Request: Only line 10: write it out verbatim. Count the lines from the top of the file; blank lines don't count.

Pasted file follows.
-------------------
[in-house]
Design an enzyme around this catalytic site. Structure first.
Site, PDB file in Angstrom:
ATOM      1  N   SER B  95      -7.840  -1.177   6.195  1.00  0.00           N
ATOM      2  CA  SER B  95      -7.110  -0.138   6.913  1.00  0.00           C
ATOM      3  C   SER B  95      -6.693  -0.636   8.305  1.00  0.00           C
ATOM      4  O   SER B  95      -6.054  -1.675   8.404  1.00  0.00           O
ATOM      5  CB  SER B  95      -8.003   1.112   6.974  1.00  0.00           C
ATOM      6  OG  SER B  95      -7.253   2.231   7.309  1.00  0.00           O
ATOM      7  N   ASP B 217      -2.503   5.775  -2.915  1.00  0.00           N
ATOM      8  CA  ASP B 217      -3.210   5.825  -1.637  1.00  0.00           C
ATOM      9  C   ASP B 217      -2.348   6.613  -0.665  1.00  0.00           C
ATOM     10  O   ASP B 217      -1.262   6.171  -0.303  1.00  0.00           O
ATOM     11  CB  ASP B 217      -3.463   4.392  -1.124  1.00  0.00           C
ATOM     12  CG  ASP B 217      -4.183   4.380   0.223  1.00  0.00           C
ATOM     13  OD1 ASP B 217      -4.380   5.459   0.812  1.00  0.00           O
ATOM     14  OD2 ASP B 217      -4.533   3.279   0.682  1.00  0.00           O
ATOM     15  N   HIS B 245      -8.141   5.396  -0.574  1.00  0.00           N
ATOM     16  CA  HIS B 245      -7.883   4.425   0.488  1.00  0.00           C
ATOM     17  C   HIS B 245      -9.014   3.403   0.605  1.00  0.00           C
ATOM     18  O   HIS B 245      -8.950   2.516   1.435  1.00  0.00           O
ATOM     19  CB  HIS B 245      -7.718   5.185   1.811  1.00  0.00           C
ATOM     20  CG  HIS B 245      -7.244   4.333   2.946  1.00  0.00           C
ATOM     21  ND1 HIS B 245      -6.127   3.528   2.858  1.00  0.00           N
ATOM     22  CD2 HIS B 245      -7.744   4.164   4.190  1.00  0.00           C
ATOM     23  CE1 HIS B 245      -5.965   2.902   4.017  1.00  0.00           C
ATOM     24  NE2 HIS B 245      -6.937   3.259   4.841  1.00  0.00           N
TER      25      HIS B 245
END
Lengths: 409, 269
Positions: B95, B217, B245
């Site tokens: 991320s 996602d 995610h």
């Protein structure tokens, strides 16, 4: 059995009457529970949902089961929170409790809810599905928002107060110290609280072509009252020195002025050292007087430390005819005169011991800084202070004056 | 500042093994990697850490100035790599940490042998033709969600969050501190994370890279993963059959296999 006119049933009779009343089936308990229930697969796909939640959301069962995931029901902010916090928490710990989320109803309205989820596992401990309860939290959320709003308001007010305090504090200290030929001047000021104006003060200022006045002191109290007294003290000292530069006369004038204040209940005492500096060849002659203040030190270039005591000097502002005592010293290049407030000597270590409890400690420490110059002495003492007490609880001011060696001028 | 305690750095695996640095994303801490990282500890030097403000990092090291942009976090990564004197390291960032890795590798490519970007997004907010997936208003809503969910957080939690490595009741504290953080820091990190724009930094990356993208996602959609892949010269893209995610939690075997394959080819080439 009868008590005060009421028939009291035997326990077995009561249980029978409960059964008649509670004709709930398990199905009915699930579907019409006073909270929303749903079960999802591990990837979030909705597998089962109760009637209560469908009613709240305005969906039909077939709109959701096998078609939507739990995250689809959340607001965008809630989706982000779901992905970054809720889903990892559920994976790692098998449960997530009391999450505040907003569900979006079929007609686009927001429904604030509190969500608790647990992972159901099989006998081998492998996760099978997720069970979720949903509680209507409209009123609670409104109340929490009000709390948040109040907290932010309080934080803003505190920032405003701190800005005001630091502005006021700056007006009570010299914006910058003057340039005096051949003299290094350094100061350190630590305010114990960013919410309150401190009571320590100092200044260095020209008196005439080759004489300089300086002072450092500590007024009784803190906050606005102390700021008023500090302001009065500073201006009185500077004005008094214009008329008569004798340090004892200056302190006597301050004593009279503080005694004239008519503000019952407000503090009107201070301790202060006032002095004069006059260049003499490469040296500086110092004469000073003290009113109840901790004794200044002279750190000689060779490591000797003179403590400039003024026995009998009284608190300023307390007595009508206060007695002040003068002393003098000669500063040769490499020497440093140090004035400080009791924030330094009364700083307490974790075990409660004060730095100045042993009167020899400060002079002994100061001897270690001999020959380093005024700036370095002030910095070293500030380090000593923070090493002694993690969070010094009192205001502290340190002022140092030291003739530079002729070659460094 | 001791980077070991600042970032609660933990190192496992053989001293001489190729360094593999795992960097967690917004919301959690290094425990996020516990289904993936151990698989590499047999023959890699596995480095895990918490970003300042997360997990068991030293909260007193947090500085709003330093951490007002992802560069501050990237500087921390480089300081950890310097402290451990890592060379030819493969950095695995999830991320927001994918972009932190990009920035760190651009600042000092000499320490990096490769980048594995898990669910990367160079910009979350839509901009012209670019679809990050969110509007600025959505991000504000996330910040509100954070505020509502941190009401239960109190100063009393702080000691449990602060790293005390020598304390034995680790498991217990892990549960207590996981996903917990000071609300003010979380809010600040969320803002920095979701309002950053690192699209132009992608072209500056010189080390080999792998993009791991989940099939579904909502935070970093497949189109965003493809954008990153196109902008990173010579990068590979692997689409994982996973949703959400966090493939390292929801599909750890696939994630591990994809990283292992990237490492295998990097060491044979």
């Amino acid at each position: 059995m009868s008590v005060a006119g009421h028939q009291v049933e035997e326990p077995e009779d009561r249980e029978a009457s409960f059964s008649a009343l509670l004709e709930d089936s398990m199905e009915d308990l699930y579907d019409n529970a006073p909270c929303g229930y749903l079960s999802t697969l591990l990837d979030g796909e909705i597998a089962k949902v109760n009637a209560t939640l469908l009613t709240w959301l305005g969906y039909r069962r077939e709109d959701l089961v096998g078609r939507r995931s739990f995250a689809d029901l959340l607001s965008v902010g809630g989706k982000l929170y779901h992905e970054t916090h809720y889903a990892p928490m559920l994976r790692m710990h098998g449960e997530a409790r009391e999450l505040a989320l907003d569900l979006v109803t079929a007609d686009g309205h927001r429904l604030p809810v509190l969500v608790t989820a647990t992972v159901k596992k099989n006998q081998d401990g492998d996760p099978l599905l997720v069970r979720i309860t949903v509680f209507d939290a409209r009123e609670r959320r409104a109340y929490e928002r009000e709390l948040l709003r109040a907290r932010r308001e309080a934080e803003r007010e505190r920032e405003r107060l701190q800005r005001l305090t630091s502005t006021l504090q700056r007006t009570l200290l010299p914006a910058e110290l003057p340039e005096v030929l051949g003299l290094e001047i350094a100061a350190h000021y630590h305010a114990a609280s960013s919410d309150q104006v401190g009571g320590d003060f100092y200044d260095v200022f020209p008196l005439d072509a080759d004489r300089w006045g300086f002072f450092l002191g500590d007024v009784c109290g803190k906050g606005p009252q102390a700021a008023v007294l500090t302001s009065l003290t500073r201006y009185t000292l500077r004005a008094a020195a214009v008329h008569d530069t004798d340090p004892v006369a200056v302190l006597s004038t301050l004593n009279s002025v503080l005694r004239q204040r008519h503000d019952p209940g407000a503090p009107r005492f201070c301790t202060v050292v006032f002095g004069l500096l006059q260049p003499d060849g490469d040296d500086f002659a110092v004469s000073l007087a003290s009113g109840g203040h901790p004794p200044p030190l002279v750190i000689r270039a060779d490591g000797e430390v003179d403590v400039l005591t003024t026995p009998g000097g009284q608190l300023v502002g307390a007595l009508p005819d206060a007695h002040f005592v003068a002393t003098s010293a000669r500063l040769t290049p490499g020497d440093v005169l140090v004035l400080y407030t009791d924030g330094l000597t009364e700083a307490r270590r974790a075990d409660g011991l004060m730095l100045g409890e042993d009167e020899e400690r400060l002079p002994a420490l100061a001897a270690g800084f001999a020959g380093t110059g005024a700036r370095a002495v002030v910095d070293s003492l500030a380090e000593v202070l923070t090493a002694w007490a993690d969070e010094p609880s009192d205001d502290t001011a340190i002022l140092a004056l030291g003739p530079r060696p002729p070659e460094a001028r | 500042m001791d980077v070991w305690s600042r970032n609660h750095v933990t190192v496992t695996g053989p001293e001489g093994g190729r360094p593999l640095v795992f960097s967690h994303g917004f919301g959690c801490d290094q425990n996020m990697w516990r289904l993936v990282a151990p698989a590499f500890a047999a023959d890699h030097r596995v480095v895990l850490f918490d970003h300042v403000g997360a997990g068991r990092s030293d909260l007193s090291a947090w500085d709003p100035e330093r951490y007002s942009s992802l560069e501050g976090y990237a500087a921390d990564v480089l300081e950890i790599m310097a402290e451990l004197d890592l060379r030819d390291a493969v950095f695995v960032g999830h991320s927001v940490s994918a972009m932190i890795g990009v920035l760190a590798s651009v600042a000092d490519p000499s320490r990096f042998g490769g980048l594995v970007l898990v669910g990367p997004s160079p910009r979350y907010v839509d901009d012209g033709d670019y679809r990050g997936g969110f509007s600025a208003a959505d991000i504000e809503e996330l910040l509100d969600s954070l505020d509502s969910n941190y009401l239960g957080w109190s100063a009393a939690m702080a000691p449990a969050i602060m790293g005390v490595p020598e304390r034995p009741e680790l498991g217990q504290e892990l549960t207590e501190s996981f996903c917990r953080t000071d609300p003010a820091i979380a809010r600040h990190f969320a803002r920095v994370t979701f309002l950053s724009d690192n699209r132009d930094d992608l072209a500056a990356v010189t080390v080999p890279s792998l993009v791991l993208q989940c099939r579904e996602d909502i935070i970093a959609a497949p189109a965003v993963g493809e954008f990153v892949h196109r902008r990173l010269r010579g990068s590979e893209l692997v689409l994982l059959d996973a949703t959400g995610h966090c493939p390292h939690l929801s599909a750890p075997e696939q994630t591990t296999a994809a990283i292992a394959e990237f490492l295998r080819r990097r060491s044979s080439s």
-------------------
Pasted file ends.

ATOM      7  N   ASP B 217      -2.503   5.775  -2.915  1.00  0.00           N